Common Sense Review
Updated August 2012

Coaster Crafter: Build. Ride. Scream!

This product is no longer available.
Cleverly draws on love of coasters to teach velocity, force, motion
Visit Website
Common Sense Rating 4
  • The Park Map screen, where a user begins, shows the different choices available.
  • The Teacher's Guide has lots of resources but not much assessment.
  • The main simulator screen allows students to drag and drop pieces to make a roller coaster.
  • Videos with professional scientists provide more in-depth explanation and connections to other fields of science.
Pros
Students get frequent feedback, and after they master the basics they can try to build their own roller coasters.
Cons
It doesn't work on tablet browsers, and teachers can't assess student progress.
Bottom Line
This outstanding physics game has ample teacher support and connects to a pastime that's just plain fun.
Paul Cancellieri
Common Sense Reviewer
Classroom teacher
Common Sense Rating 4
Engagement Is the product stimulating, entertaining, and engrossing? Will kids want to return? 4

Graphics and gameplay are intuitive and visually appealing. The problem-based design will draw most kids in, and creative play will keep them engaged, although the thrill of designing their own courses may lose its novelty after a few hours.

Pedagogy Is learning content seamlessly baked-in, and do kids build conceptual understanding? Is the product adaptable and empowering? Will skills transfer? 4

Earning more pieces to use in the construction challenges is a great incentive to complete the structured learning activities. Lessons start off at a high level, but animations make the difficulty reasonable for the suggested ages.

Support Does the product take into account learners of varying abilities, skill levels, and learning styles? Does it address both struggling and advanced students? 4
Very useful help section provides clear fixes for most problems. The teachers page offers fantastic support for educators, including curriculum resources and ways to extend learning beyond the game.
About our ratings and privacy evaluation.
How Can Teachers Use It?

A teachers section includes printable lesson plans for before and after the roller coaster simulation. Students can create accounts to save their work without giving their last names or email addresses. After using Coaster Crafter, you might take students to visit a real amusement park, arming them with questions about what design elements would make certain coasters faster, slower, scarier, or less scary.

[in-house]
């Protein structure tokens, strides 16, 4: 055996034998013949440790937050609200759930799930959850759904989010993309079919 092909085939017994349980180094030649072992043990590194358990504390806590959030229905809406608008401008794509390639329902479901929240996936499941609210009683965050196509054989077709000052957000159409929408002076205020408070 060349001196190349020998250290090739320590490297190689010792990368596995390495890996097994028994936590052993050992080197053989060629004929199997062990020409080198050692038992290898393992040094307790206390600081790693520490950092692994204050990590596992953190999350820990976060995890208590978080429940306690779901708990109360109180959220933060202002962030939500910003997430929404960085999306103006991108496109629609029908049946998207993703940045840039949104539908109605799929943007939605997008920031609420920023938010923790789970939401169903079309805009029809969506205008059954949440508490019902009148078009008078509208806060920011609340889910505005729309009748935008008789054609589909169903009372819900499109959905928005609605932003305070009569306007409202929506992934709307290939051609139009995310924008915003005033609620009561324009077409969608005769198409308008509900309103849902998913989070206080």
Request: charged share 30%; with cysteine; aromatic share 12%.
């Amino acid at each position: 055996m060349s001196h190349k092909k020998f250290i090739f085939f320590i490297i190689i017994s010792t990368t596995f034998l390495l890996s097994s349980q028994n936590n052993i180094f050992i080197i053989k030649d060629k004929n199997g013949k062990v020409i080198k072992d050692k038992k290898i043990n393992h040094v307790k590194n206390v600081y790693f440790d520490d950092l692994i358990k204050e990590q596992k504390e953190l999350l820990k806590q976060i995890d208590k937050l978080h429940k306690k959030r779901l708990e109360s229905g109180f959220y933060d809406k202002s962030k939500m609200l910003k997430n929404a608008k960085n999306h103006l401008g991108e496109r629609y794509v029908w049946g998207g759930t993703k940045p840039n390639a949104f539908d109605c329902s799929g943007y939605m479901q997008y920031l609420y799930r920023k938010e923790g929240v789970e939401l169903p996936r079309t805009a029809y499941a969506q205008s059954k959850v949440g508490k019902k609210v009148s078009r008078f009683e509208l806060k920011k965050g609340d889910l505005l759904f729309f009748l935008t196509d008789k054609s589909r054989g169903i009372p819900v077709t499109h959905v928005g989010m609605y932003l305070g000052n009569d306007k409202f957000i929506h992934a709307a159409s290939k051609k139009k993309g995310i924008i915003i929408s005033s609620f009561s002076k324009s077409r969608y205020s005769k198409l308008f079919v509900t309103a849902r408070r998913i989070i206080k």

Read More Read Less
What's It Like?

Coaster Crafter starts  with a fun narrative about the owner of an amusement park and his daughter, who need help designing better roller coasters. They watch demonstrations of the simulator, which shows design flaws in several coasters. Then, in a series of lessons called Design Challenge, they correctly answer questions, which are clearly expressed with words and images, about relevant physics vocabulary (momentum and kinetic energy, for example). Correct answers unlock different types of track pieces and customizations they'll use later. Students must complete each step before moving on, and they receive feedback on the accuracy of their answers.

Read More Read Less
Is It Good For Learning?

Coaster Crafter is a great tool for teaching students about force and motion. On the whole, it does a great job of using virtual experience to teach somewhat abstract concepts. The science content and vocabulary may be too advanced for most sixth graders, but older students should be able to work independently. Teacher resources are adequate; adding a way for teachers to gather assessment data would make this an even better resource.

In Coaster Challenge, students tackle practical problems by dragging and dropping track pieces and modifiers (chain drives for lifting the coaster and lubricant for reducing friction) and testing their ideas. This stage is a lot of fun, and it's well-designed to keep students from skipping ahead. Sometimes the challenges are difficult, but the program helps struggling students by gradually reducing the number of pieces available. Free Play is the last stage, and it's a playground where students can design and test their own roller coaster ideas. Students use the pieces they've unlocked in the Design Challenges, so this is a reward for completing the more instructional sections. Students can customize the look and sound of their coasters, and to save their work they can create an account.

Read More Read Less

See how teachers are using Coaster Crafter: Build. Ride. Scream!

Teacher Reviews

Write Your Own Review

Lesson Plans